The Residential Mortgage-Backed Securities Working Group has launched a whistleblower website to report fraudulent activities in the mortgage-backed securities market. The Working Group wants to hear from people who worked in the RMBS market who acted responsibly but who also may have witnessed greed and misconduct that crossed the legal line and created havoc for investors and the economy.
The SEC’s Office of the Whistleblower said that the Working Group is particularly interested in information about residential mortgage-backed securities fraud from corporate insiders who worked in the industry and witnessed the misconduct. Fraud can be hard to uncover without help from whistleblowers who were corporate insiders, noted the SEC, adding that the Working Group has the ability to pursue fraud even when it occurred several years ago.
The Residential Mortgage-Backed Securities Fraud Working Group is part of the Financial Fraud Enforcement Task Force, which was set up by President Obama in November 2009 to hold accountable those who helped bring about the financial crisis as well as those who would attempt to take advantage of the efforts at economic recovery.The RMBS Working Group is a collaborative effort led by five co-chairs including the SEC Enforcement Director and state and federal prosecutors. The Working Group and its members are focused on investigating potential false or misleading statements, deception or other misconduct by market participants in the creation, packaging and sale of mortgage-backed securities.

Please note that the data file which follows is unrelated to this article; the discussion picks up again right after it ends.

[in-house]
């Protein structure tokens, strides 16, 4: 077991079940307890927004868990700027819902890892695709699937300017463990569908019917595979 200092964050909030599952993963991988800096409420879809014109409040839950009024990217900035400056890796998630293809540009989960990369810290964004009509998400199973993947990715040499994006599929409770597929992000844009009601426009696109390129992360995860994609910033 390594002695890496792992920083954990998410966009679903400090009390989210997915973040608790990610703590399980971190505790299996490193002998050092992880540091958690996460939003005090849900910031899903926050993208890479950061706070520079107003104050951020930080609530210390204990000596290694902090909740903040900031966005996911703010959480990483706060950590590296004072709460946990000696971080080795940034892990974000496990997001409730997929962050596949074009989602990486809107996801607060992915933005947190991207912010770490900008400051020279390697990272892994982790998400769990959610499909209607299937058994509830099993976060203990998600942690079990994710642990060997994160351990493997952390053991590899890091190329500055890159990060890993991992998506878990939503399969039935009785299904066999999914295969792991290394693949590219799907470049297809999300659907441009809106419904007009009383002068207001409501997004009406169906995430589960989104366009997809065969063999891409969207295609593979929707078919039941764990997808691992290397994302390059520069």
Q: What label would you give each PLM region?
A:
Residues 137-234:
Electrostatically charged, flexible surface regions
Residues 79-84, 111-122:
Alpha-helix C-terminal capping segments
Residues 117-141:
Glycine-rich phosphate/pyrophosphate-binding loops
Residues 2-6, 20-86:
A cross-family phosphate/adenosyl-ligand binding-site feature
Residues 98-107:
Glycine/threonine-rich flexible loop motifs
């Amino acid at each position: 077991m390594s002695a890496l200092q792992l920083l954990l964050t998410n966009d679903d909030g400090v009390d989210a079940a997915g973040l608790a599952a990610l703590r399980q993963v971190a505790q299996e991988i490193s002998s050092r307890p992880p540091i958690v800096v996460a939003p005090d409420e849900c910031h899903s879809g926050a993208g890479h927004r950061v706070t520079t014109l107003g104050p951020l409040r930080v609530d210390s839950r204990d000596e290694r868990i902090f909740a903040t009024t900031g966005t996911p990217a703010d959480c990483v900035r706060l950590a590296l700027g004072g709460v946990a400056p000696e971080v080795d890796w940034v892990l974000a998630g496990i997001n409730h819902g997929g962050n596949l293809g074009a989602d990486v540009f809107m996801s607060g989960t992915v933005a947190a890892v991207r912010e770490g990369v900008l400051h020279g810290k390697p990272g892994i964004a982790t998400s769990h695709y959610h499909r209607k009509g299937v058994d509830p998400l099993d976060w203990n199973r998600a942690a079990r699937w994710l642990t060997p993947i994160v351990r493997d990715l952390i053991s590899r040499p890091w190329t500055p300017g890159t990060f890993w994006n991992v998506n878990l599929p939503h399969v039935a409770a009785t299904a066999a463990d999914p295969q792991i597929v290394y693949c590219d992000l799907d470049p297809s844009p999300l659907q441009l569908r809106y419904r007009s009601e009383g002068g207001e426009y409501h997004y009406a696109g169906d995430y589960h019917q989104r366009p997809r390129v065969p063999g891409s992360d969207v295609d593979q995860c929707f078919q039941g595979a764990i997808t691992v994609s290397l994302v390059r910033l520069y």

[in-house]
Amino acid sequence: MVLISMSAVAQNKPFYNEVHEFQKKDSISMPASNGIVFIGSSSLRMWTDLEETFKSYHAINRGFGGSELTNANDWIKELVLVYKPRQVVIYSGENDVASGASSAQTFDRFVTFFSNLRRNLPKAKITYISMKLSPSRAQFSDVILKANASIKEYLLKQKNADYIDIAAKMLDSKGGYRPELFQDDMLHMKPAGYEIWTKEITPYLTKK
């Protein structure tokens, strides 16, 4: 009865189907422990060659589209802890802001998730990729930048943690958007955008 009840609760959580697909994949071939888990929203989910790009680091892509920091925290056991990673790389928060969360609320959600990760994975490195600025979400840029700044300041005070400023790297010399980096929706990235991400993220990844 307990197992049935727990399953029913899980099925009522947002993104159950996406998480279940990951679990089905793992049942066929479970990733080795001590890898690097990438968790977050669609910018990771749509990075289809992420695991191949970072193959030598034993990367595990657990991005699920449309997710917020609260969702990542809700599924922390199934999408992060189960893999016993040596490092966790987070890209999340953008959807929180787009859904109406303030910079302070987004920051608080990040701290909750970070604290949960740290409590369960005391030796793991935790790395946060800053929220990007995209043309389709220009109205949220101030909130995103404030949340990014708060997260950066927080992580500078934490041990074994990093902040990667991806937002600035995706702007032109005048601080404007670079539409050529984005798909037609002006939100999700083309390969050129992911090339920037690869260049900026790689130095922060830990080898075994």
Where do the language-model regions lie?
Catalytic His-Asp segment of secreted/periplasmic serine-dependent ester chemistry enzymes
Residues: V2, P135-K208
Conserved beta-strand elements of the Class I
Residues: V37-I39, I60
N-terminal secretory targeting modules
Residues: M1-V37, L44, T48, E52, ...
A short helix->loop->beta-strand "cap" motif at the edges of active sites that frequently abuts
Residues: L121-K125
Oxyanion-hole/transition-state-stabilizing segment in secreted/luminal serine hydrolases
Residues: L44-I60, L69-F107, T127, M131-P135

The RMBS website is a new call to those insiders who know about fraud that occurred in the RMBS market, who know it's time to expose that fraud, and who want to help the Working Group hold accountable those individuals and institutions who broke the law in pursuit of bigger paydays, said Acting Associate Attorney General Tony West. He added that whistleblowers enjoy legal rights that protect their ability to speak out without the fear of retaliation. He pledged that the Working Group will do everything it can to maintain the confidence and trust of whistleblowers who come forward.
The approach to RMBS investigations is systematic and smart, noted Co-Chair and SEC Enforcement Director Robert Khuzami, with cross-agency teams comprised of experienced prosecutors and investigators utilizing market experts and risk-based criteria to triage transactions for review, and bringing to bear the entire palette range of state and federal legal theories and remedies. The SEC Director said that the numbers reveal the Working Group’s effort and commitment, with the SEC alone bringing to the effort more than 40 SEC staff from eight offices trained in securitized products.
The SEC teams bring substantial ongoing investigatory work to the effort as well. Since 2010, he observed, the SEC has issued over 300 subpoenas or document requests resulting in more than 30 million pages of documents with interviews or sworn testimony taken from over 180 witnesses, all focused on whether firms failed to disclose important information when selling residential mortgage-backed securities.